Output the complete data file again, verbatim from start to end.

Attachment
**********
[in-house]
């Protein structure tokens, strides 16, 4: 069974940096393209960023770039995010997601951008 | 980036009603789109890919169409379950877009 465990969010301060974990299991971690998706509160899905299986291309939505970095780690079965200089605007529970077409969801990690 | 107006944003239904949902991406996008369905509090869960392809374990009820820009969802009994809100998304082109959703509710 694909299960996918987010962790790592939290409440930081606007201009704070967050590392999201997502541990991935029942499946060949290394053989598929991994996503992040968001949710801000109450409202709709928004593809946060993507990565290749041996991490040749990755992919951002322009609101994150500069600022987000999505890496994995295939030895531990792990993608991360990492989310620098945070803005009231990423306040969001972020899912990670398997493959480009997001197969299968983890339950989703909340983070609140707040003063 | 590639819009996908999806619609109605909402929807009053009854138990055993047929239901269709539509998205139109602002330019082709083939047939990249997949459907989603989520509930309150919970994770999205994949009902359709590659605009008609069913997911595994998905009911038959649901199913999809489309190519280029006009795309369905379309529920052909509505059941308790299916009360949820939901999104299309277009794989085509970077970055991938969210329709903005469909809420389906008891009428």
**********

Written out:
[in-house]
């Protein structure tokens, strides 16, 4: 069974940096393209960023770039995010997601951008 | 980036009603789109890919169409379950877009 465990969010301060974990299991971690998706509160899905299986291309939505970095780690079965200089605007529970077409969801990690 | 107006944003239904949902991406996008369905509090869960392809374990009820820009969802009994809100998304082109959703509710 694909299960996918987010962790790592939290409440930081606007201009704070967050590392999201997502541990991935029942499946060949290394053989598929991994996503992040968001949710801000109450409202709709928004593809946060993507990565290749041996991490040749990755992919951002322009609101994150500069600022987000999505890496994995295939030895531990792990993608991360990492989310620098945070803005009231990423306040969001972020899912990670398997493959480009997001197969299968983890339950989703909340983070609140707040003063 | 590639819009996908999806619609109605909402929807009053009854138990055993047929239901269709539509998205139109602002330019082709083939047939990249997949459907989603989520509930309150919970994770999205994949009902359709590659605009008609069913997911595994998905009911038959649901199913999809489309190519280029006009795309369905379309529920052909509505059941308790299916009360949820939901999104299309277009794989085509970077970055991938969210329709903005469909809420389906008891009428």